What's Cool In Road Cycling

Worlds06: PEZ Talks With Max Sciandri

For the first time in some years the Great Britain team has realistic medal hopes for tomorrow’s under-23 title road race in Salzburg. Mark Cavendish’s name in particular, with a nice new, crisp contract from T-Mobile in his pocket and a big sprint, must be written on a few handle bar stems. PEZ travelled up to quiet Anthering to the GB team hotel for a chat with new man on the management team and former pro, Max Sciandri.

PEZ: Before we talk about the team and your role in it, tell us how you would like to be remembered as a pro bike rider.

Max: A top Italian cycling journalist once said that I was one of the most talented riders to come out of Italy in the last 15 years, but I had thrown-away nearly every classic! I don’t want to be remembered for that – can we just say that I think I was a good all-rounder. I think I was a decent pro, I had my 40 or-so wins, but I enjoyed life too; I wasn’t in the Casagrande mould of ‘everything for the bike.’ When I look back I think maybe I could have been a little more dedicated, but I have no regrets. The thing about being a pro is that the years go by so fast, but overall I’m happy with what I did.


Max Sciandri has no regrets when it comes to his bike racing career.

PEZ: What about your new role with the GB team?

Max: It’s not super-defined on paper; I was taken on for my experience and my contacts. I set-up our training house in Italy and I also organised a good race-programme for the guys over the summer. I see my job as being in two parts, firstly it’s to bring the young guys up to a level where they can move into a good Pro Tour team where they will be looked after, not just left to sink or swim in some low-budget squad. Secondly there’s the new aspect of professional road coach – like Ballerini does in Italy.

PEZ: Do you think that the UCI got it right with the under-23/elite system?

Max: I think so, I was a pro for 16 years and after the first couple of years you lose track of the amateur world, but think it’s good to bring young riders on gently.


Not a bad picture interlude: the Salzburger Castle.

PEZ: GB has enjoyed great success on the track; why has that not been replicated on the road.

Max: That’s simple – money! When the lottery funding started to appear the British Cycling directors had to look at where they could achieve success – that’s medals – quickly and they decided to invest in the track. To keep the funding coming they have to keep the medals coming but cash is starting to come to the road now. Most kids dream about the road, they want to be Boonen or Bettini but the thing about the road is that you can start-off on the track, go to the road but come back to the track. Italy let the track go and they are trying to bring it back up again, but it takes time, you have to build it up from the kids. When I was a kid my first races were at our local track league.


Mark Cavendish already has himself a World Championship to his credit: on the track, in the Madison, with his partner Rob Hayles. Can he add another Rainbow tomorrow?

PEZ: Tell us about the team.

Max: There’s Mark Cavendish, Geraint Thomas, Ian Stannard, Andy Tennant and Ben Greenwood. Mark has a very strong sprint although people are saying that the course is too hilly for him – but Boonen says the races will end in sprint finishes. Geraint is team leader but isn’t at his best; he was a little sick last week and he’s not just 100% yet. Ian is the man I think, he’s going very well. I’ve just organised Ben a place in a very good amateur club in Italy next year, it’s the one Rolf Sorensen rode for so his motivation is good.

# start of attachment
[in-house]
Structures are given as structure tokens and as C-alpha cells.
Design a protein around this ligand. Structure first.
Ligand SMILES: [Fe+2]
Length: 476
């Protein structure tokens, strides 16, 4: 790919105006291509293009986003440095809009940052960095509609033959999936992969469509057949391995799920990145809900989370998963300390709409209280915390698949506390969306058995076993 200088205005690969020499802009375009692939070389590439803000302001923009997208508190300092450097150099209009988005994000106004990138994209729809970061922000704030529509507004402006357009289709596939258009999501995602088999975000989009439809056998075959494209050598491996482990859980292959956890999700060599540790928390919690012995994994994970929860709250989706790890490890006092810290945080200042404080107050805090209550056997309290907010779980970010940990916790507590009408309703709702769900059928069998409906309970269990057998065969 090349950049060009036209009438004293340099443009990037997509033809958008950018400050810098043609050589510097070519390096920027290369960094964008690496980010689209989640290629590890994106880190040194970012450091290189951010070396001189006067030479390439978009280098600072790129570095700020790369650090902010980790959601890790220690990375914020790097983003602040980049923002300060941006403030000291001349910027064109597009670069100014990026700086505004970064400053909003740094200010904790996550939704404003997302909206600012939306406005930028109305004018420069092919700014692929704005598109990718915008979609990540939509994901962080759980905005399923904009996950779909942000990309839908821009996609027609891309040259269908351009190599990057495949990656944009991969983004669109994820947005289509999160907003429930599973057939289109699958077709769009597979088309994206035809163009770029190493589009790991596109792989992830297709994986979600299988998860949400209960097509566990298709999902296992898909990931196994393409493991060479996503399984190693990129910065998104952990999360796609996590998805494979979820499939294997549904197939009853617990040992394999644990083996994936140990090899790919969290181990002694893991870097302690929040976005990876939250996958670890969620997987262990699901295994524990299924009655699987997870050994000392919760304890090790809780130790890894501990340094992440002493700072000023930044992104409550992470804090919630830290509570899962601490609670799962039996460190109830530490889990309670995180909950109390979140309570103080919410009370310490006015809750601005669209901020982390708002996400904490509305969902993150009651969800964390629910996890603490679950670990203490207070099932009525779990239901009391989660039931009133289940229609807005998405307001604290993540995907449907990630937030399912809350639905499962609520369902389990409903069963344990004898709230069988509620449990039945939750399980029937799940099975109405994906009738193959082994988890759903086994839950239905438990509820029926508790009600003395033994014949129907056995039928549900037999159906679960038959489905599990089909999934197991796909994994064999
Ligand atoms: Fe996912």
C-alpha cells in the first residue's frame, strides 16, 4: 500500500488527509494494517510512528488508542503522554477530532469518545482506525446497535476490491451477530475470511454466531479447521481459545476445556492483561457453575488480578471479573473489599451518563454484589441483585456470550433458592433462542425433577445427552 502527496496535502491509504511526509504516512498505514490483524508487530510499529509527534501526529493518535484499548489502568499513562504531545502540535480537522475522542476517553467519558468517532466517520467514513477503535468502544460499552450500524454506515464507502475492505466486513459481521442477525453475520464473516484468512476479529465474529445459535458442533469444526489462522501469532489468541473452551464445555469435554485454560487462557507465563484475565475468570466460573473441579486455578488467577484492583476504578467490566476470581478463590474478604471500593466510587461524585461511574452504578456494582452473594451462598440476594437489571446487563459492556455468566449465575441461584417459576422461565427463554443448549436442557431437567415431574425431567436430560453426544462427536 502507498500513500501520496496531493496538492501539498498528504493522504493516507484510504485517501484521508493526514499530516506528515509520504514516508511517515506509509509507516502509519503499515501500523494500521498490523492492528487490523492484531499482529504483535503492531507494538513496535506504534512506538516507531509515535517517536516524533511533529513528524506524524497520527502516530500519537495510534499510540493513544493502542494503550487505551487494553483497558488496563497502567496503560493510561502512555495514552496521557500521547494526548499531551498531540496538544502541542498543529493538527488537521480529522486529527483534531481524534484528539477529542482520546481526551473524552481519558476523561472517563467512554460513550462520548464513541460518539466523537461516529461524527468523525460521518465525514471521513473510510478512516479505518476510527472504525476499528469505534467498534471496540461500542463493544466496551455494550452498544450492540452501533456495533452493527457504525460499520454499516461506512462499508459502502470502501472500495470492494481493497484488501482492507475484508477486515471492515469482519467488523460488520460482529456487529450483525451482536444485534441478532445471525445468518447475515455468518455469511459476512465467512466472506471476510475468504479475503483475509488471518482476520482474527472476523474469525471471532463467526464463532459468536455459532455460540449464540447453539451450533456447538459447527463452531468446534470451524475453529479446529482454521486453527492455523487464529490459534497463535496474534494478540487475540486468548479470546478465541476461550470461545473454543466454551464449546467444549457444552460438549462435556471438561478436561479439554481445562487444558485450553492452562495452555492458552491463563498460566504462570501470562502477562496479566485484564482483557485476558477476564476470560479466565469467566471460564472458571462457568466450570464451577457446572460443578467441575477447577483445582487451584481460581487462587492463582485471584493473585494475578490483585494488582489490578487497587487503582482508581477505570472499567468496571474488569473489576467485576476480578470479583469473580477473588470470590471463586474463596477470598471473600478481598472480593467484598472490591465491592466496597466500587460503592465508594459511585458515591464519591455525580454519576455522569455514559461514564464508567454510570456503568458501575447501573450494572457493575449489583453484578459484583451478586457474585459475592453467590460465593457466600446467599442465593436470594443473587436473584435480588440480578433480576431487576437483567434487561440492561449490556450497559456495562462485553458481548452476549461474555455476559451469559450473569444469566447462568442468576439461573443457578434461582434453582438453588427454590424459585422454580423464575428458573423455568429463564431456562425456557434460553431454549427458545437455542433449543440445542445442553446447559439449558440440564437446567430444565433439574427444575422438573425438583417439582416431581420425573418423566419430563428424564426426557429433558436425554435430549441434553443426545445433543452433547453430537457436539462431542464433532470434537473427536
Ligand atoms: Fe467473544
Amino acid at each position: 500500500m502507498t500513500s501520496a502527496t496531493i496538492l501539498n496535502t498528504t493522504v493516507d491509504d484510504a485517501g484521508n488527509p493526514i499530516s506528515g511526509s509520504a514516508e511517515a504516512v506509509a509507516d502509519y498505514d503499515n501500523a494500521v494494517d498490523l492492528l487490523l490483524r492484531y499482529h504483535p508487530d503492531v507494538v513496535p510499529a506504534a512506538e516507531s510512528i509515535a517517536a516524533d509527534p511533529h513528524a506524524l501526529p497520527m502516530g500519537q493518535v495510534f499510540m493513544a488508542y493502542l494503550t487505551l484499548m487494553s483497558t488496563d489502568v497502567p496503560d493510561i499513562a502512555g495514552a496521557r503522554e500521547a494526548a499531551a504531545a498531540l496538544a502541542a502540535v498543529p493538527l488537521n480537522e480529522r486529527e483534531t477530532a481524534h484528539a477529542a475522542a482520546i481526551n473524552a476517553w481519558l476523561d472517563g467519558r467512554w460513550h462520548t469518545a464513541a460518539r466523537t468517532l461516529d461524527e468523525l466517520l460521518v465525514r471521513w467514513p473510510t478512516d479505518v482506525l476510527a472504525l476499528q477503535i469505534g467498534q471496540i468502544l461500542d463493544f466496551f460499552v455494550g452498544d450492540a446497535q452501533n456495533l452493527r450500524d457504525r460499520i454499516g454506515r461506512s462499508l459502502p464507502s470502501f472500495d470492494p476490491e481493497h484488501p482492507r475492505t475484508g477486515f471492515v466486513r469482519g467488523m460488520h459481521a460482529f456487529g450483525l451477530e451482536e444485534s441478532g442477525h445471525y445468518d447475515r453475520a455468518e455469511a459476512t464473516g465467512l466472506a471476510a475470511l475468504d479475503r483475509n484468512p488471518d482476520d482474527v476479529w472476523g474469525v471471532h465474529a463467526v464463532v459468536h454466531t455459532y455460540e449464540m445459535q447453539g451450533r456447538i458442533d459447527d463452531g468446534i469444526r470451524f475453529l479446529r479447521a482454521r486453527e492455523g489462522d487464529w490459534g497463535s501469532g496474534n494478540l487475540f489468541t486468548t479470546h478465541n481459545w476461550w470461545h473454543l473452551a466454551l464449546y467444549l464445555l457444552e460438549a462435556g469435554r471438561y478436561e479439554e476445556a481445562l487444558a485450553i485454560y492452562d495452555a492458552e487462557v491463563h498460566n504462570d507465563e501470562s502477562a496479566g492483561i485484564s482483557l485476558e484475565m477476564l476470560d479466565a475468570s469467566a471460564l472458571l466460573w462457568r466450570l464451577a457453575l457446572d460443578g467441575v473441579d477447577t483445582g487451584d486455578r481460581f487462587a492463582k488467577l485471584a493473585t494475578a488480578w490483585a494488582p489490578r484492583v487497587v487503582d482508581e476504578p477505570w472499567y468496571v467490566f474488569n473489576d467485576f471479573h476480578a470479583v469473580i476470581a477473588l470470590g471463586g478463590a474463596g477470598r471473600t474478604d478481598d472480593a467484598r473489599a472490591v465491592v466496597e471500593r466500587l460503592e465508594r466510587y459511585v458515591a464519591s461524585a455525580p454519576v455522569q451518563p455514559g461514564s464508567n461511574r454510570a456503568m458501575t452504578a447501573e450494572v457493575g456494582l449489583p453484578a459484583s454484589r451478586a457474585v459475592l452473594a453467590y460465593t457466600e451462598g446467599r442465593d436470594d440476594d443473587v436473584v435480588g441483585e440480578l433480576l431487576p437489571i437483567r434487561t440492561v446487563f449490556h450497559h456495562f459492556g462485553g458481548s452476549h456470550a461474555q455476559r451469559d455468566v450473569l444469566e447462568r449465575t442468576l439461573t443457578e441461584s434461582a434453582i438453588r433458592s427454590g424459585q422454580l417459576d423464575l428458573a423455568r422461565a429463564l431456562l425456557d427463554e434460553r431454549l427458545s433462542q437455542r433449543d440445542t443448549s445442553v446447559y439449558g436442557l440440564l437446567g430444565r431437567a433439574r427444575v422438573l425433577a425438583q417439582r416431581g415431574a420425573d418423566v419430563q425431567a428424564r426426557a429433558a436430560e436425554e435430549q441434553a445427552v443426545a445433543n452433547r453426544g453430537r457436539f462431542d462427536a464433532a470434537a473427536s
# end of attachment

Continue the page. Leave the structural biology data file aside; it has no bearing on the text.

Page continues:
Tom Boonen rides for what seems the first time in ages in his non-World Champion kit. Boonen thinks the races will end in bunch finishes.

PEZ: What are the tactics for tomorrow?

Max: For the first three or four laps we’ll move Andy and Ben around. As the race progresses it’s up to Geraint and Mark to talk and decide who the team is riding for, but I think it will be Ian.

PEZ: Is there any body in particular whose name is written on the guys stems?

Max: Not really, I haven’t been in the job long enough to identify who is going well and there are so many east European guys that you just don’t know.

PEZ: What’s the least you will be happy with tomorrow?

Max: I’m not going to make any predictions of winning, but top five would be good and is possible.


David Millar suffered an untimely puncture yesterday that he never really recovered from. He’s GB’s man for Sunday.

PEZ: What about the elite race?

Max: It’s all for David (Millar); I’ve told him there’s no pressure, just sit and wait. I manage David and I can see no reason why he can’t be a classic-winner; he can do it all, ride in a small group, climb and time trial -everything indicates that he can win big one day. It’s not been publicised but he punctured in the time trial yesterday, after seven kilometres, at this level if you loose time like that your motivation is blown.


Man to Watch on Sunday? Stuart O’Grady.

PEZ: Who will win the elite?

Max: Valverde, Vinokourov, Bettini, Paolini is going well and O’Grady is a name I haven’t heard but I think he’s in great shape coming out of the Vuelta. Some Spanish guy we know but don’t expect to do anything will go well too, just like Astarloa did in Hamilton.

PEZ: Thanks for your time Max and all the best for all your guys over the weekend.

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